“This’ll keep Dermott occupied, and I don’t suppose he can do too much damage,” said retiree Frank Maples. “Of course, it’s hard to go undercover or disguise yourself when you’re 6’6” and 300 pounds. And blind drunk by noon.

“Cyber surveillance could be his wheelhouse,” Maples said. “If he can learn how to switch on a computer. Last week he strapped on a hidden camera, but got the ‘on’ and ‘off’ reversed and ended up with video of himself in the Eagle Ray Cove toilet. The clients weren’t happy.”

Other locals were more skeptical.

“We need a PI on Blacktip?” the former-Reverend Jerrod Ephesians said. “There’s the Ballyhoo happy hour for information, and a policeman for crimes. All this does is get Dermott’s talking like Humphrey Bogart. It was funny at first, but now it’s just annoying.”

Others concurred.

“The last thing this island needs is another dick, private or otherwise,” divemaster Alison Diesel said. “It’s creepy, him following me around, peeking my the windows at night. After I hired him to find my bike.

“He should get his nose punched, sticking it in other peoples’ business,” Diesel said. “Only he’s, well, Dermott, and no one’s that suicidal.”

Island authorities downplayed the gumshoe’s impact.

“As long as Dermott’s not driving a moving vehicle, I don’t care,” said Island Police Constable Rafe Marquette. “I’m not sure he’ll get many cases, anyway. He found a lost bike, but the island’s only a mile wide.

“True, I’ve arrested him once for trespassing. And twice for stalking,” Marquette said. “But the next morning I just turn him loose after he sleeps it off.

Bottoms admits he’s still learning the finer points of his new profession.

“One big case already, but that dame, she played me, y’know,” he said. “Shoulda seen it coming, that double-, triple-cross. But I’m a sucker for a big brunette. Won’t happen again, though. Not often, anyway.

“I’m not Sam Spade, but I am Blacktip,” Bottoms said. “My motto’s: ‘Dermott gets to the bottom of everything.’ And if people don’t have money, they can pay in beer.”

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Blacktip Island Cullers Will Hunt Human ‘Lionfish’ Saturday


Eagle Ray Divers divemaster Lee Helm, in a semi-closed circuit rebreather, practices swimming away as fast as he can Thursday in a warm up for Saturday’s Sons and Daughters of the Reef Mock Lionfish Hunt on Blacktip Island’s west coast. (photo courtesy of Peter Southwood)

In response to animal rights protests, Blacktip Island’s Sons and Daughters of the Reef hunt club will substitute a local divemaster for a lionfish in their inaugural Mock Lionfish Cull for charity Saturday afternoon on the island’s west side.

“More and more clubs worldwide are doing these mock hunts,” said S&DR Master-of-Fish Gage Hoase. “The prey, usually a fox, is replaced with a human, and the hunters still get a great chase.

“This cull’ll keep the fish huggers happy and draw good press,” Hoase said. “Plus, truth be told, we’re running out of lionfish on Blacktip. People are spearing and eating so many of them.”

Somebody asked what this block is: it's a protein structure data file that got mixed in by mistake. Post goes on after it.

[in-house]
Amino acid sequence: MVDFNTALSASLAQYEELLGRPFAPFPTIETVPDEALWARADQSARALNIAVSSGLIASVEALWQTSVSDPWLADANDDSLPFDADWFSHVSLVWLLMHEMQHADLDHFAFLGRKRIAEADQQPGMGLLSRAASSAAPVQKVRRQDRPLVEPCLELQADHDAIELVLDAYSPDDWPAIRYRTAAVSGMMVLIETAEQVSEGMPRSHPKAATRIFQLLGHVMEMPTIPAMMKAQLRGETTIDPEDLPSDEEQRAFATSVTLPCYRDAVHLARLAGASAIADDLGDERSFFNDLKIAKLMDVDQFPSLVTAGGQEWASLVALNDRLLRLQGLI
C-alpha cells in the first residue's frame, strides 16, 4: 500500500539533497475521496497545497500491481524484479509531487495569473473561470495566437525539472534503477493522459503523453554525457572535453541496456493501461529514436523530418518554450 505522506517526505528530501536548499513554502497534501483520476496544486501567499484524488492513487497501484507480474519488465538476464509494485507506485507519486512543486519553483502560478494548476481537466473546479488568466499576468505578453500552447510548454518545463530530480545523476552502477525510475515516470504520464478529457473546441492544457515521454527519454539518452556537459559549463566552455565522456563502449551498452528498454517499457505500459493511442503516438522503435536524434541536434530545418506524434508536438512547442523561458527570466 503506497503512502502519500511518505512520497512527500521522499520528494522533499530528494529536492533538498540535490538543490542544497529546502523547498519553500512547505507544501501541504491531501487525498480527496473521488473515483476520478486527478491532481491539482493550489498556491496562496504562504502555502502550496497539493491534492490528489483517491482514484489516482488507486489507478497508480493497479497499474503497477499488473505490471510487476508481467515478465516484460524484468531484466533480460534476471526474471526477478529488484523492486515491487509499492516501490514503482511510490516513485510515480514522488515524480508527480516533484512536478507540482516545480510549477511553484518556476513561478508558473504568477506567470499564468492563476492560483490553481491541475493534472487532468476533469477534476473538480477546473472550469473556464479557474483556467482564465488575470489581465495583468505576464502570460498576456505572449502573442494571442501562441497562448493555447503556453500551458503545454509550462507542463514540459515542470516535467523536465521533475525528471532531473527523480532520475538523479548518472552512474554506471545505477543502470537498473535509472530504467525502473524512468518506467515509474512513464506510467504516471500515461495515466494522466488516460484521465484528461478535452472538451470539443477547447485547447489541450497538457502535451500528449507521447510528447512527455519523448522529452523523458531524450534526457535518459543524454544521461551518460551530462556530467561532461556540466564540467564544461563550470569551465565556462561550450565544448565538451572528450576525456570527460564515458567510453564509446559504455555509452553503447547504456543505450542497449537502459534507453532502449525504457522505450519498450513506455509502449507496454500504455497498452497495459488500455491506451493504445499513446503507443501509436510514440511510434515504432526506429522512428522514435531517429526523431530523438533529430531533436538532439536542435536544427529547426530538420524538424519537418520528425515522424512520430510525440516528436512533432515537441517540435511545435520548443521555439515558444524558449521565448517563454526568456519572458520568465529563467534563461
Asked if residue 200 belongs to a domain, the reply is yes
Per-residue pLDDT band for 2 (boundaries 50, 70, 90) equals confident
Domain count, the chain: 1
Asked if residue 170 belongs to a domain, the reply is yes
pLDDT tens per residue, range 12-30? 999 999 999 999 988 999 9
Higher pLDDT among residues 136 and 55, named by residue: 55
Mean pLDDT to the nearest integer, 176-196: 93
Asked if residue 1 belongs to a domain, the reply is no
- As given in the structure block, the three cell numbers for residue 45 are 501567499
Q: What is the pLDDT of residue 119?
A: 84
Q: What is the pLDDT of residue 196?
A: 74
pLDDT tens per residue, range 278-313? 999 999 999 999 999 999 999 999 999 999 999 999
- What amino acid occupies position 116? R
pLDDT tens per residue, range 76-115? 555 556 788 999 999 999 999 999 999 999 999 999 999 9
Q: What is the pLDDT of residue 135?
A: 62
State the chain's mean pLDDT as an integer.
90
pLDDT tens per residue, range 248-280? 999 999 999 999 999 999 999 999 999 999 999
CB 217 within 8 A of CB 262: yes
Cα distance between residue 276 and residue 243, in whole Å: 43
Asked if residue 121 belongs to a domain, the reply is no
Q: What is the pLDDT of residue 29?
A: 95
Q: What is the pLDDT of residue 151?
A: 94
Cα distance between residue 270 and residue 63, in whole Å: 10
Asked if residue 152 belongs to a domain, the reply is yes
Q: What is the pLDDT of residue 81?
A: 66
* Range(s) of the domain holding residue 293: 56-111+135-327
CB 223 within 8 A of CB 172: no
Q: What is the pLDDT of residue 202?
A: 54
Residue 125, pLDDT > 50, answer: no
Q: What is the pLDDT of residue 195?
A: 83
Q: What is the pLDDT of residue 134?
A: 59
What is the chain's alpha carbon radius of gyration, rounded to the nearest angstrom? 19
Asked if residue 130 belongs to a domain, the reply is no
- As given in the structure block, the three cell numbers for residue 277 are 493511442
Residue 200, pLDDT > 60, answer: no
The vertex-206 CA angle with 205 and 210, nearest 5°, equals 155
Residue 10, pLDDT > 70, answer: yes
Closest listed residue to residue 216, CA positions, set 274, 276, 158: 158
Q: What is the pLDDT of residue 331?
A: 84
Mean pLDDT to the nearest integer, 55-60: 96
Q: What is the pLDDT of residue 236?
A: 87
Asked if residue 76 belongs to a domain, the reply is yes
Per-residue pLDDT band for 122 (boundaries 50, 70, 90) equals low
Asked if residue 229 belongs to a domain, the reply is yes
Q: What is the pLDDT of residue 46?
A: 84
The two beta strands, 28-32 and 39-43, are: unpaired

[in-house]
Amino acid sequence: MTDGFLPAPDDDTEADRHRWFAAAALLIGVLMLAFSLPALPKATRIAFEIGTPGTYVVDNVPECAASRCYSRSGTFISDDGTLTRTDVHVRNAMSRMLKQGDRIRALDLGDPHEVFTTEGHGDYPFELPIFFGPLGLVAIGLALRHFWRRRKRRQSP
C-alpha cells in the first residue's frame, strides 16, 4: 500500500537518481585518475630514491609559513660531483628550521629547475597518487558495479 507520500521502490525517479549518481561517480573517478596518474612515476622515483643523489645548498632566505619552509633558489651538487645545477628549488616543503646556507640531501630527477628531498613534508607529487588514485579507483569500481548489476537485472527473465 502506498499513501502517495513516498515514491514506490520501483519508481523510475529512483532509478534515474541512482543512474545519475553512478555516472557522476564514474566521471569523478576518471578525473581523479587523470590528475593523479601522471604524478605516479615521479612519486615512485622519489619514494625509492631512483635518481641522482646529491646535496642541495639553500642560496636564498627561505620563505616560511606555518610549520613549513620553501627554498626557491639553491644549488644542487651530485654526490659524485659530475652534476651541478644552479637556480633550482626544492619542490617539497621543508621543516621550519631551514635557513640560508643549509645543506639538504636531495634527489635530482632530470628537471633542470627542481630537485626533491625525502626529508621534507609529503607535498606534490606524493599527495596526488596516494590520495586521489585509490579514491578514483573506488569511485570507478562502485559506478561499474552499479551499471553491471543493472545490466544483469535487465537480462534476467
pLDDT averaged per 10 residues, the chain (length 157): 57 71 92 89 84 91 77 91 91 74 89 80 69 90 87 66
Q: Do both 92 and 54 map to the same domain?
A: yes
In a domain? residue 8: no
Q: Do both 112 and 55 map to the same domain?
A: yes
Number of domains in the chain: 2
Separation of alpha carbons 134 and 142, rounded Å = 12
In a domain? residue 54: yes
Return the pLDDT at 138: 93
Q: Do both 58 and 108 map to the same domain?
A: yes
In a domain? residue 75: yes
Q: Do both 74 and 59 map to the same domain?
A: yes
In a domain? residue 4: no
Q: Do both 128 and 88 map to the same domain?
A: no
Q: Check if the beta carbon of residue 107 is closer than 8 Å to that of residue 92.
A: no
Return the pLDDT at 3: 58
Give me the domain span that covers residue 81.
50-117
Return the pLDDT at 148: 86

Club officers selected the local divemaster with the most customer complaints during the past year as the Designated Lionfish.

“We’re sticking Lee Helm in a lionfish suit and dropping him on the reef,” S&DR Huntsperson-at-Arms Alison Diesel said. “We’ll give him five minutes, then turn the cullers loose with their spears.

“It’s nowhere near as harsh as it sounds,” Diesel added. “Lee’ll have a rebreather, so bubbles won’t give him away. And a Kevlar suit that’ll turn just about any spear point. Or so we’re told.”

Local fish rights activists say the switch to human prey, while not a perfect solution, is a step in the right direction.

“If the Designated Lionfish is human, and sort-of volunteers, we have no problem with that,” Society for Providing Lionfish-Appropriate Training president Palometa Fischer said. “Ideally, though, they’d jab him with real lionfish spines to make him really feel persecuted.”

Lionfish stand-in Lee Helm expressed reservations.

“There’s no ‘volunteer’ to it,” Helm said. “They just held me down and jammed that bloody costume on me. Someone – Marina, I’ll wager – even speared my neck ‘by accident.’

“The only choice I have is to jump in on my own, properly weighted, or be tossed in with 40 pounds duct-taped to me,” Helm said. “These people are out for blood.”

Hunt club members say the vote for Helm was unanimous.

“Lee’s an obnoxious little git that pisses off everyone, staff and guests alike,” said culler Marina DeLow. “We’re all looking forward for the chance to prang him good, point-blank.”

Other echoed the sentiment.

“If the suit doesn’t stop a spear or two, well, it couldn’t happen to a more deserving guy,” said culler Casey Piper. “You can’t spear Lee enough, really.”

Hunt organizers expect a record 35-40 cullers to participate.

“There’re members with real grudges against Lee,” Hoase said. “We’ve warned everyone not to aim for exposed skin, but you never know what’ll happen in the heat of the hunt. We’ll have the nurse standing by. And lots of bandages.

“On the up side, we’ve never had a turnout this big,” Hoase said. “We may make Lee our permanent Designated Lionfish. Probably best to put it to a vote, though.”

Proceeds from the hunt go to the Coral Reef Protection Fund.